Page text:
Is this the same capitalism which required (at peak) a GBP1.16 trillion bailout from UK taxpayers, and is still owes about GBP500 billion to us?
Is this the same capitalism which has fed us a constant stream of financial mis-selling over the last 10 year, from endowment mortgages to Payment Protection Insurance?
Is this the same capitalism which gave us (to quote Warren Buffettt) “financial weapons of mass destruction”?
Is this the same capitalism where FTSE executive pay rose 55% last year when average salaries barely increased?
Is this the same capitalism where FTSE CEO earn 434 times the National Minimum Wage and 233 times the 2010 UK median earnings? With little correlation between increased executive remuneration and increased company productivity?
I don’t think the Occupy groups are talking about smashing capitalism, just modifying the existing model to make it work fairer for more people.
Do you believe the current model is working fine?
@MrBrit
The problems we are now in are because of government overspending not just here but all over Europe and the US.
Really? How did government overspending cause the bank crisis?
The financial industry destroyed the economy through greed in the pursuit of short-term profits, as acknowledged by everyone from Alan Greenspan to Eddie George and Warren Buffett.
I’m happy to consider alternatives but if we all worked on communal farms would there be enough work for all?

Capitalism can work. It can and has generated wealth for all in the past. The current version is broken and needs fixing. This does not mean we all have to live on communal farms. There are shades of grey between black & white..
The current system we have has brought good prosperity to the people of western Europe even if it is having a hiccup at the moment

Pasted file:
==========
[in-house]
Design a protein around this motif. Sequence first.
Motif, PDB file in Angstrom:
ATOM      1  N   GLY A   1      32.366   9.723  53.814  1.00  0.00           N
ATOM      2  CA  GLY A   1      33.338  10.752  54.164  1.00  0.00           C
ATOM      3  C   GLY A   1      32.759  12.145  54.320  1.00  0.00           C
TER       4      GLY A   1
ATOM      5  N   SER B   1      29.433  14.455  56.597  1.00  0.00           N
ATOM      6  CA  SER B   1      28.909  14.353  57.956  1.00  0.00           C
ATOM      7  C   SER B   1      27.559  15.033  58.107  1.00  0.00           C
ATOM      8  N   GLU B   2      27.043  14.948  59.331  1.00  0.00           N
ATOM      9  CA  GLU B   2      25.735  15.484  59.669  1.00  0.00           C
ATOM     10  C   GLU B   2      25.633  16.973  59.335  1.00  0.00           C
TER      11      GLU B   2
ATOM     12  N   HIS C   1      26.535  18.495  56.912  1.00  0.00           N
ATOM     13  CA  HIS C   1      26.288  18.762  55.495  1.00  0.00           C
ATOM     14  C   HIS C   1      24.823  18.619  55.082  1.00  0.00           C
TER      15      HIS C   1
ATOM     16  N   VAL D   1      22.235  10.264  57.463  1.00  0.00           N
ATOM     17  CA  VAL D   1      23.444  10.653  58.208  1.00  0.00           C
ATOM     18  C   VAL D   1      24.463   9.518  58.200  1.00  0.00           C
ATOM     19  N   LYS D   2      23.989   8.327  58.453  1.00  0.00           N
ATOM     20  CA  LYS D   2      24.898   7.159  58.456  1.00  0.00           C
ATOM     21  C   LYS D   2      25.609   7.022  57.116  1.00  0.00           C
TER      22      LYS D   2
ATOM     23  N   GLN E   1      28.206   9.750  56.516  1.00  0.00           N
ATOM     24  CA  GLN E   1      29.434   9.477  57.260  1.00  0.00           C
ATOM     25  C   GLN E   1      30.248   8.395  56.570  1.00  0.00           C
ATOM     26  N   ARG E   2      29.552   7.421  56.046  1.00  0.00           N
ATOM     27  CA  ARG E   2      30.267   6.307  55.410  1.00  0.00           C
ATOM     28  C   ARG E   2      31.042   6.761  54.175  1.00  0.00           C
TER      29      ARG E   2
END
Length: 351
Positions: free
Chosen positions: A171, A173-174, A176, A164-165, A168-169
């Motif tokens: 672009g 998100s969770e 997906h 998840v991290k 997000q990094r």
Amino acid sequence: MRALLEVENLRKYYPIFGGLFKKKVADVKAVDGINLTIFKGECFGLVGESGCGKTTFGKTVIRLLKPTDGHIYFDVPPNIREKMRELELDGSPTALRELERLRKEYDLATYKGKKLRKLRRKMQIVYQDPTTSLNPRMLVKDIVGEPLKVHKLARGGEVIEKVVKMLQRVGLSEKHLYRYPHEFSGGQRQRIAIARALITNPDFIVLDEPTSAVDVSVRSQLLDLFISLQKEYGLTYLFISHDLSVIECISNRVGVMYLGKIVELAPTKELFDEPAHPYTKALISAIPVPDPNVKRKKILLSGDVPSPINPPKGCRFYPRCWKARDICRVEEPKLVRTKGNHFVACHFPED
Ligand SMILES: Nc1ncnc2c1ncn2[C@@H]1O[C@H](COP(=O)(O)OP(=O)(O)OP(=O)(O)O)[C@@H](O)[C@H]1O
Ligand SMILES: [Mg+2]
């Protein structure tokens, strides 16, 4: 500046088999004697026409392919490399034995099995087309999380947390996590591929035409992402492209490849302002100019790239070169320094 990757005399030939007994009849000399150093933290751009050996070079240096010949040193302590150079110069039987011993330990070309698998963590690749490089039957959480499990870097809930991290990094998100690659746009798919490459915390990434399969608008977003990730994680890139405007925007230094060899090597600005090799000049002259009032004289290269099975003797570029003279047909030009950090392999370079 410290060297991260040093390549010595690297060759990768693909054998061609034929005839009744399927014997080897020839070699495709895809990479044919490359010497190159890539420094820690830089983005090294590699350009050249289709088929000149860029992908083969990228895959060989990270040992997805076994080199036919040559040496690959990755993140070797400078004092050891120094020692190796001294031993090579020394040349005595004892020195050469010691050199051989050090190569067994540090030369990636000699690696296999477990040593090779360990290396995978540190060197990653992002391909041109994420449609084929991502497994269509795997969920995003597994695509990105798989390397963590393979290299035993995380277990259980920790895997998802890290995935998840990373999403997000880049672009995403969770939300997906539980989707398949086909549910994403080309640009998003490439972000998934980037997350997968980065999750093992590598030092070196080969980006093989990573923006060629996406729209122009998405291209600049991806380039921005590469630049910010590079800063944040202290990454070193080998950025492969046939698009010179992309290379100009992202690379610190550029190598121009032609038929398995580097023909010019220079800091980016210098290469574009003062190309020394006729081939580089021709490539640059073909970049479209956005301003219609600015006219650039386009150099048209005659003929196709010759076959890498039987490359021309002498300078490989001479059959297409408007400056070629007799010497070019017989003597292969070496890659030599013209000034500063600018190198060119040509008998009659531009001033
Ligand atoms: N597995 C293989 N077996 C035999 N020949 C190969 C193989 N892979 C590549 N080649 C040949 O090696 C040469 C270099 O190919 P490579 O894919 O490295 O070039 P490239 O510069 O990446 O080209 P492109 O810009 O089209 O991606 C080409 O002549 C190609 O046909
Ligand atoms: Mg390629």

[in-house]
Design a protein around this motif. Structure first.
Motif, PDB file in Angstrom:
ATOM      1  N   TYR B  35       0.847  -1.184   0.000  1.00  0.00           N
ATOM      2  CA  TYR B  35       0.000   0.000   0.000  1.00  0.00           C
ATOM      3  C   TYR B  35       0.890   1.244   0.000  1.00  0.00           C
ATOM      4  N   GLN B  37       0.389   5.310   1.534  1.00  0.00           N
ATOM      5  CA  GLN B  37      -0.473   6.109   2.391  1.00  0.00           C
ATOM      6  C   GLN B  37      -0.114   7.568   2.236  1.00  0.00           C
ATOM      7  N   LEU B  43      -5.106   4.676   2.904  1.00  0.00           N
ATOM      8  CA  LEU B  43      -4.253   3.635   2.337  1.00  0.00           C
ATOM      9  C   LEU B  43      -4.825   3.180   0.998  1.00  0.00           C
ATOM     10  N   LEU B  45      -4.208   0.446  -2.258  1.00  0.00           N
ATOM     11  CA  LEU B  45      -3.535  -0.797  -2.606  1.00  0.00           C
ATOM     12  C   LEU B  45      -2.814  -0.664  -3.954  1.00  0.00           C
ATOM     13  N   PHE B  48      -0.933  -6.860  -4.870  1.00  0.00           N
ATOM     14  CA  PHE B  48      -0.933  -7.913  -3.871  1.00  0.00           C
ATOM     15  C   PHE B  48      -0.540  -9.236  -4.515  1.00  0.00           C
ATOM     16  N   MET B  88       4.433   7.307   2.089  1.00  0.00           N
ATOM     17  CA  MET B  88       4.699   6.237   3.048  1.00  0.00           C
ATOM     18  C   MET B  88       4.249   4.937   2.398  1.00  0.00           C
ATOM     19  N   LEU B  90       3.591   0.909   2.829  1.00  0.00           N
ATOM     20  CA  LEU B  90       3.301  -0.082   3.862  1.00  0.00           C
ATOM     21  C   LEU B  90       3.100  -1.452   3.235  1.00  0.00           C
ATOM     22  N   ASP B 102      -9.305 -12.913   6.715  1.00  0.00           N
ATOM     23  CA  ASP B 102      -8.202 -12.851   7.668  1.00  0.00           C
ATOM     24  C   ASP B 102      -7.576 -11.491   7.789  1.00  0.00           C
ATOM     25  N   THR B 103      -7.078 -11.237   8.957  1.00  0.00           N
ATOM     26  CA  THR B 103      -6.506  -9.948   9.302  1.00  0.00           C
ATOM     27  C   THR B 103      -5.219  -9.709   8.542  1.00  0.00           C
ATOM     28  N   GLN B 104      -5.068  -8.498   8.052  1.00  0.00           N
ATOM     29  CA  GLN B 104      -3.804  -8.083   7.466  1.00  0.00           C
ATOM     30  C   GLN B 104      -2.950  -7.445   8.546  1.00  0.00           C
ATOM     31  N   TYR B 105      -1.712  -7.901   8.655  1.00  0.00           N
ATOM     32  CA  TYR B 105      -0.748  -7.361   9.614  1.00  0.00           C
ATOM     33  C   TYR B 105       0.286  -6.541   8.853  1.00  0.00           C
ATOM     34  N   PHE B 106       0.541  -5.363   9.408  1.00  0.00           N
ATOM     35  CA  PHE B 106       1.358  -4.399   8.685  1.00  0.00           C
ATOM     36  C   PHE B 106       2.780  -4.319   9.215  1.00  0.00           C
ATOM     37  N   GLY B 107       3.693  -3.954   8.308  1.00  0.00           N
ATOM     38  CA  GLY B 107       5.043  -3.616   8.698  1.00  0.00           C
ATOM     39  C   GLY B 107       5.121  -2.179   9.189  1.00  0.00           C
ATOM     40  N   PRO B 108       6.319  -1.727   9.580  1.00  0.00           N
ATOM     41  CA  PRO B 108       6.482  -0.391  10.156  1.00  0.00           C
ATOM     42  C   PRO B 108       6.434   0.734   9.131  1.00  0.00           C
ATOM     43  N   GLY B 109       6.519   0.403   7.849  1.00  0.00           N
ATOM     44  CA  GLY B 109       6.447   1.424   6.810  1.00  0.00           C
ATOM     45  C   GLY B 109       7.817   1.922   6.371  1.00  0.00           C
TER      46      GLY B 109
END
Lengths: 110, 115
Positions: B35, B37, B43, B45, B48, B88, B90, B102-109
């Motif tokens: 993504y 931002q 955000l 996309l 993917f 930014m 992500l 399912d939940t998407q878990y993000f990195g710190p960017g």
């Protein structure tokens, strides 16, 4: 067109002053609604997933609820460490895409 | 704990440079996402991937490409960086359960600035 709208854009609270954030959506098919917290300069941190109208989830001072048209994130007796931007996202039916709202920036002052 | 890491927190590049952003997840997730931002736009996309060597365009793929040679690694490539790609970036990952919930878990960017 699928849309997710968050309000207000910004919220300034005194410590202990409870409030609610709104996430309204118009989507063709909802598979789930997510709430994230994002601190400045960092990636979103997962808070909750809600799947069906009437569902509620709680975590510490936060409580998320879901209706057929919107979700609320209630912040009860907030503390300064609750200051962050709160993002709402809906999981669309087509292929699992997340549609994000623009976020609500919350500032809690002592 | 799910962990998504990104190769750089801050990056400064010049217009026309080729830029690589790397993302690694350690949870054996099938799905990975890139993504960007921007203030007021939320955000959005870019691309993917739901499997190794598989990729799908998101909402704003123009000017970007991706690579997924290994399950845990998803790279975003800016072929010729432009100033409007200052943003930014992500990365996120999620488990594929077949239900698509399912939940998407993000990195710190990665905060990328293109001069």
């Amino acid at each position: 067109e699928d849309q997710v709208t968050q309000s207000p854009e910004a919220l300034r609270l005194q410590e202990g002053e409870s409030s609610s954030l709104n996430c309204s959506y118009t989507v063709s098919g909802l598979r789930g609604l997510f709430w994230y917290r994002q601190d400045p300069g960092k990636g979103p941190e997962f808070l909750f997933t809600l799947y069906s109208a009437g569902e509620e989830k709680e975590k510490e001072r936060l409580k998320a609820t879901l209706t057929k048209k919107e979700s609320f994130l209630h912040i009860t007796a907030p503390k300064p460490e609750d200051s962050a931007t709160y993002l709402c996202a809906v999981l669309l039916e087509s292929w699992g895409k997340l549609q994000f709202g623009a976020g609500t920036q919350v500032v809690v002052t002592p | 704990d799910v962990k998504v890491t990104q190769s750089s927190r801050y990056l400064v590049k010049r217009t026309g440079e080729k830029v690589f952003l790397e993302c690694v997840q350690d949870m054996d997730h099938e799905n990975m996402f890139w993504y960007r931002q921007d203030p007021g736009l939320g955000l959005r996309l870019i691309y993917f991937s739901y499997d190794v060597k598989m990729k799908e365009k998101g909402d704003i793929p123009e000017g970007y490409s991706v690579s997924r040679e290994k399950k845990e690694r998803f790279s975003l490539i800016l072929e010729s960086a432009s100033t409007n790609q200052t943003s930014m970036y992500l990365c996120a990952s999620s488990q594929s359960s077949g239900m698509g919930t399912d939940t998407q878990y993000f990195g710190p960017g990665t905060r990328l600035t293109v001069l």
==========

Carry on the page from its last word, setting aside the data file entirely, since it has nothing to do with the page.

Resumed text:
A HICCUP! We’re looking at a Japanese-like lost decade and you call it a hiccup.
Are you in the 1%? Do you feel threatened?
Why do so many people protest against capitalism when the system we live under is nothing of the sort?
We live in a debt-based corporate kleptocracy where bad investments are bailed out by the public and markets are manipulated – not free.
Capitalism needs free markets and does not permit some organizations to be ‘too big to fail’.
I wholeheartedly support the Occupy movement, however I feel capitalism itself has been wrongly targeted instead of the real enemy –
Worthless debt-based currency backed by nothing, created to allow a financial elite to steal the wealth from everyone else.
It’s a problem, Ken is an old fashioned socialist and the present Labour Party is made up of new fashioned……what?
The working class are now called hardworking families, as a species the working class don’t exist anymore – they think.
But the Tory Party recognise them, and treat them as the working class whom their class control.
In the past, because there was a class of people who were proud to be working class regardless of what their job was, they were ready to defend themselves by voting Labour and joining unions
But New Labour peddles the notion that we’re all middle-class now, and as a result leaves ordinary working class people with nowhere to hang their hats.
The media, with the help of all the political parties, have managed to create the image of all working class people being benefit scroungers, who don’t deserve anyone to represent them.
The Tories love that, they’ve got this bunch of suckers who think they are middle class, but as no one seems to recognise them as a species they don’t vote.
Result, Tory Power, even if it’s via a coalition.
I’m a foreigner – with dual nationality.
I welcome the leavening that migrants have brought to Britain, and would like to think, in all modesty, I’ve contributed a little myself…
However, Britain has been wildly over-populated for decades, and cannot feed itself let alone provide quality education and health for all the people.
A long-term population of 30m, say, would allow a high standard of living for all – and aid abroad.
At present, the characteristic generosity of the English is trumped by an ideological mish-mash of meritocratic and inherited entitlement. The unresolved issues of this quasi-democracy could avoid dealing with this matter for some time…
The link between population growth and economic growth is tenuous at best, and has been manufactured by waste and inefficiency. And the planet cannot afford growth in the traditional exploitative manner – ripping-off cheap labour and cheap resources.
The country can choose – quality of life or a continued downward spiral where privilege for the few lies alongside poverty for the many. Until the crunch – listen to Occupy!